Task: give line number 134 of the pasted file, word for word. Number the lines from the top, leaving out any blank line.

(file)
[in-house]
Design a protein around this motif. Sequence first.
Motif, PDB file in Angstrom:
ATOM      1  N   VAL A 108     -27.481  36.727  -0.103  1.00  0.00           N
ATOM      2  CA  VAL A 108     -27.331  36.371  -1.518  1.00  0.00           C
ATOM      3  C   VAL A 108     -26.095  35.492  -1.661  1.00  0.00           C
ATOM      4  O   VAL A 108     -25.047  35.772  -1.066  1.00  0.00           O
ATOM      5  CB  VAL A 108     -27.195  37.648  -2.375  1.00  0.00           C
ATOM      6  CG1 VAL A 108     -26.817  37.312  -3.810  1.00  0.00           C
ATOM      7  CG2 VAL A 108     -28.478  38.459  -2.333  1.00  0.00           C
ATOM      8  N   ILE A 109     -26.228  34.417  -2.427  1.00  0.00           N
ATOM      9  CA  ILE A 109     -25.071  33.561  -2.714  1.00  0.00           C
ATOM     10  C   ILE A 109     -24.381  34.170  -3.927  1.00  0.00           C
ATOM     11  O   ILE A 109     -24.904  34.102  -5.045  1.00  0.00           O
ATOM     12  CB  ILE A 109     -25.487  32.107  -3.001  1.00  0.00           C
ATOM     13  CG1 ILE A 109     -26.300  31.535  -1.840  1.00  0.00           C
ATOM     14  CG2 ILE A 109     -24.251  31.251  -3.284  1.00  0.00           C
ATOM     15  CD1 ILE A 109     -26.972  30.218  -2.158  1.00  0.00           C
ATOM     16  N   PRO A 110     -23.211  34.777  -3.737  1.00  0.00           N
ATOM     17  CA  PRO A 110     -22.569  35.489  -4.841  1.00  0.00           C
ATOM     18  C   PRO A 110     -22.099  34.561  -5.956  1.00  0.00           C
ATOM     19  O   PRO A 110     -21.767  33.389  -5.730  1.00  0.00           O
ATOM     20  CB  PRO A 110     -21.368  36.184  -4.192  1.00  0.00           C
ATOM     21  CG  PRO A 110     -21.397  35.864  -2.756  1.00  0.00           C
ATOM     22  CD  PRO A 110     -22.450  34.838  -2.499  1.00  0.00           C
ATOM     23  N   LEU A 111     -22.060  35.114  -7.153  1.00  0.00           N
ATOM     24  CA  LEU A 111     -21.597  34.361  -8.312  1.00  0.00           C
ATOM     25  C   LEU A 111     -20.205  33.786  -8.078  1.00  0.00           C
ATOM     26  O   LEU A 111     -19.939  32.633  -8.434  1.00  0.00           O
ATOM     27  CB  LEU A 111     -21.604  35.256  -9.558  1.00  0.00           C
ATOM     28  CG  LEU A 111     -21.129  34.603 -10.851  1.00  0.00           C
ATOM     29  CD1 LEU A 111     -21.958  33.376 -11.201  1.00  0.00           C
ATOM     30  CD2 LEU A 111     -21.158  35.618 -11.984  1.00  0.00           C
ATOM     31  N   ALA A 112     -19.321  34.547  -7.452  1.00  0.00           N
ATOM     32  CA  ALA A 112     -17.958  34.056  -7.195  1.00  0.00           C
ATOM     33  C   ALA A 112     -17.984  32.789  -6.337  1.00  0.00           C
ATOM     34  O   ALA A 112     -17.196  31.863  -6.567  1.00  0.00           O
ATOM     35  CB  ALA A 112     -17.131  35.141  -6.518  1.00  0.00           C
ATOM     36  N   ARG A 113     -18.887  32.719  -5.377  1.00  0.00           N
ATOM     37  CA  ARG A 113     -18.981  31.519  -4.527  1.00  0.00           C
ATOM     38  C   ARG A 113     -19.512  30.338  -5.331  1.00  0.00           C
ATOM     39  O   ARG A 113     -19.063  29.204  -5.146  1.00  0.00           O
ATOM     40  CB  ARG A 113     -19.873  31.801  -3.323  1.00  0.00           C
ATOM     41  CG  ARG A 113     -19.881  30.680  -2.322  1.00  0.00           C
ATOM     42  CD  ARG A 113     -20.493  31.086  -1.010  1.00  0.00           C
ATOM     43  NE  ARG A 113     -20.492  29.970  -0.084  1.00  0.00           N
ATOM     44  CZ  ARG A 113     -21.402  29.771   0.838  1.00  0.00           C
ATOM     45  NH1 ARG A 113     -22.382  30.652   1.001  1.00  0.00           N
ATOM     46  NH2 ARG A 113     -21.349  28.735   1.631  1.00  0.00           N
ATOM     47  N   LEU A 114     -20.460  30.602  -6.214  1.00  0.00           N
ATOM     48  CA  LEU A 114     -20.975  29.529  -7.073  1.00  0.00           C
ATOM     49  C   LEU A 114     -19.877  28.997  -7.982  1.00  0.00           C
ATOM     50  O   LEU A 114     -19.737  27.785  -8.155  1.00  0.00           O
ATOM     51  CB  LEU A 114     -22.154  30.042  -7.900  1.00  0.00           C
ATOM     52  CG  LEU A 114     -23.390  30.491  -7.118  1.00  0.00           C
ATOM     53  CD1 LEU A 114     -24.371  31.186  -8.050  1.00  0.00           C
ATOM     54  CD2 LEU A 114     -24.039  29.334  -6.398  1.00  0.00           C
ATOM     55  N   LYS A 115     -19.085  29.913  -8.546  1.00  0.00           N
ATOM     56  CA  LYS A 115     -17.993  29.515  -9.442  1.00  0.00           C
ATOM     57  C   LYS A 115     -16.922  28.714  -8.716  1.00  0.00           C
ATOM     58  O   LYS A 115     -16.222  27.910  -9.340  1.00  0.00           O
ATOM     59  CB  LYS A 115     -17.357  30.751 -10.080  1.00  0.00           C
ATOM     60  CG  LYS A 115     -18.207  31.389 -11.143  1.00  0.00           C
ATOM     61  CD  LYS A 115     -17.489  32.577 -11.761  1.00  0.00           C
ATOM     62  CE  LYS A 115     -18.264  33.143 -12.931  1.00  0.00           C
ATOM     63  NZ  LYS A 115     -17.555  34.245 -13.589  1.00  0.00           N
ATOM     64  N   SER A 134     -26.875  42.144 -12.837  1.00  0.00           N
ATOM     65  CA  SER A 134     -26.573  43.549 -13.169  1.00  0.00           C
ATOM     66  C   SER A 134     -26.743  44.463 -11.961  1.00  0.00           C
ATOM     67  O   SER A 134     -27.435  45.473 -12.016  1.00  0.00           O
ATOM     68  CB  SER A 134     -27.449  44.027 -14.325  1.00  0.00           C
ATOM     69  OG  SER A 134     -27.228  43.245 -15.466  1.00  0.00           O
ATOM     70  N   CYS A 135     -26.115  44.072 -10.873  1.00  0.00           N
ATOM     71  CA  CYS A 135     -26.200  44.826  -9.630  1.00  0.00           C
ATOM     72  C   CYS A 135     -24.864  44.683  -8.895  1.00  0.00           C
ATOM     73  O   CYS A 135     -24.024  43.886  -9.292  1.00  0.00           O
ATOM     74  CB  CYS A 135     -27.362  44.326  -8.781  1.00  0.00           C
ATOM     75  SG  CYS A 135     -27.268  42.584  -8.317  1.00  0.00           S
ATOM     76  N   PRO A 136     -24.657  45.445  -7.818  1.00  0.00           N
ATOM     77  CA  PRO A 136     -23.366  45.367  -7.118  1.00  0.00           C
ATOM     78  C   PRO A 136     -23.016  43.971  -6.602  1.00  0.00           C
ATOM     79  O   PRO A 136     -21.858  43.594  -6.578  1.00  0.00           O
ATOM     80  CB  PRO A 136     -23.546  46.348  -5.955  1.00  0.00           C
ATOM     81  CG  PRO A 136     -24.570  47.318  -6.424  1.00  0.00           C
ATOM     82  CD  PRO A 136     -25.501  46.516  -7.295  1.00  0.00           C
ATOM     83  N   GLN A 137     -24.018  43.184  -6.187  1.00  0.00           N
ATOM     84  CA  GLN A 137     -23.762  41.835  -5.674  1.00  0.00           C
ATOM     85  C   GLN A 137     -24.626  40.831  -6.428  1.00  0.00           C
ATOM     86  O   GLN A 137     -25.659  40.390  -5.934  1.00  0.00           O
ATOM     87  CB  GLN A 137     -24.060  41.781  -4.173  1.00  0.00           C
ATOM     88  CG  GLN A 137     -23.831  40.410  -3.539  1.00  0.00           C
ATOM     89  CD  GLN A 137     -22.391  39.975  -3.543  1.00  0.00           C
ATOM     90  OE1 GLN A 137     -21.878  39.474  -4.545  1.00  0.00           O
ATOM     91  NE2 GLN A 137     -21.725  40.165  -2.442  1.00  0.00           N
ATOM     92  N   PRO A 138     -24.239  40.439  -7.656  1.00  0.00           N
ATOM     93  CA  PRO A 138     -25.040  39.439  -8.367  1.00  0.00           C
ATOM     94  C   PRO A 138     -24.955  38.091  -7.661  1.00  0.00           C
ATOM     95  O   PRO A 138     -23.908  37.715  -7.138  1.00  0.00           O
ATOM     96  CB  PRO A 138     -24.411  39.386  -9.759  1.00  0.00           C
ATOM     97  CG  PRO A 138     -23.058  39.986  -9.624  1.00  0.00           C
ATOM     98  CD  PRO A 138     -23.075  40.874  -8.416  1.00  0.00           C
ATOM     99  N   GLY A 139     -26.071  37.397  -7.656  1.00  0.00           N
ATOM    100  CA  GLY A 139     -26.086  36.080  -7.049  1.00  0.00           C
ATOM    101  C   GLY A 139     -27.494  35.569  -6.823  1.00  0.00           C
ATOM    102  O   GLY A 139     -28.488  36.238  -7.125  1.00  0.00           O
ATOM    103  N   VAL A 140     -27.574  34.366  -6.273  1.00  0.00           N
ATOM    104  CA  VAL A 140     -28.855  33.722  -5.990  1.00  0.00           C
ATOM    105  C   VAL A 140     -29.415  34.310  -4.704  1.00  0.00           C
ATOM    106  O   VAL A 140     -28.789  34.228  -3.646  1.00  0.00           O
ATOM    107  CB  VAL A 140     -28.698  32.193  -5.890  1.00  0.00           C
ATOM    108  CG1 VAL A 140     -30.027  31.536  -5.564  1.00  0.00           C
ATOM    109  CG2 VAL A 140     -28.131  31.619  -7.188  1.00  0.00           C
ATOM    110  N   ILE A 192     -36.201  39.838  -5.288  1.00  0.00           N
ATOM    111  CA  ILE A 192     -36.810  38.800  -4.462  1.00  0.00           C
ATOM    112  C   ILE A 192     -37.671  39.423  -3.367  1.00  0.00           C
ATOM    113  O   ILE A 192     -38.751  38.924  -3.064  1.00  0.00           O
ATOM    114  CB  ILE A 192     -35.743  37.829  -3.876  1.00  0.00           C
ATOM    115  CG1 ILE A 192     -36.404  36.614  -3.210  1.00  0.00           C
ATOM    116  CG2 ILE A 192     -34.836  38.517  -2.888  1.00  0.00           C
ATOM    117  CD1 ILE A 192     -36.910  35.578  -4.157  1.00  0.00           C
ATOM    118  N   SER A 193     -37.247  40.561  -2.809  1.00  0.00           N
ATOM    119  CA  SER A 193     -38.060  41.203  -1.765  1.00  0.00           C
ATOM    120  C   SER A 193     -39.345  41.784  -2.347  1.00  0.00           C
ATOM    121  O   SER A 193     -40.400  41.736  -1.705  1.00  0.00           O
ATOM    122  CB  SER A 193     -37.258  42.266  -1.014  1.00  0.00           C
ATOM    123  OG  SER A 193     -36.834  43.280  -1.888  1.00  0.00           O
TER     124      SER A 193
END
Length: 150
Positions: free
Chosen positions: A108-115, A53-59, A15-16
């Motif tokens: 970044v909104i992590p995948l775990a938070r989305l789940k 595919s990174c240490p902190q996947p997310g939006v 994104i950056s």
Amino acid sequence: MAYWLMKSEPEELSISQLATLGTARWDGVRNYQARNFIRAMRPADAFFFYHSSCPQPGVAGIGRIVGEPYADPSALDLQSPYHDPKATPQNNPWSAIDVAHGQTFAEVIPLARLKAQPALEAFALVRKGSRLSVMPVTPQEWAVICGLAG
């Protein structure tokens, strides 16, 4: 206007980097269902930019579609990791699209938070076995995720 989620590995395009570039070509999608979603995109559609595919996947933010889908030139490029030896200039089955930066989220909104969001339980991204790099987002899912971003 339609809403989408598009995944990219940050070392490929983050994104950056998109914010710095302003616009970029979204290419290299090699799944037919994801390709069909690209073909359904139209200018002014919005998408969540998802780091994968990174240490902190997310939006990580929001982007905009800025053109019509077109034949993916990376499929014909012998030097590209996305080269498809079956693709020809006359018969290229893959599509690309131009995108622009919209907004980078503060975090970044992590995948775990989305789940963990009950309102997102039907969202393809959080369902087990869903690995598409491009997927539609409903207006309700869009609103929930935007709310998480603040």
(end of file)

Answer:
């Protein structure tokens, strides 16, 4: 206007980097269902930019579609990791699209938070076995995720 989620590995395009570039070509999608979603995109559609595919996947933010889908030139490029030896200039089955930066989220909104969001339980991204790099987002899912971003 339609809403989408598009995944990219940050070392490929983050994104950056998109914010710095302003616009970029979204290419290299090699799944037919994801390709069909690209073909359904139209200018002014919005998408969540998802780091994968990174240490902190997310939006990580929001982007905009800025053109019509077109034949993916990376499929014909012998030097590209996305080269498809079956693709020809006359018969290229893959599509690309131009995108622009919209907004980078503060975090970044992590995948775990989305789940963990009950309102997102039907969202393809959080369902087990869903690995598409491009997927539609409903207006309700869009609103929930935007709310998480603040």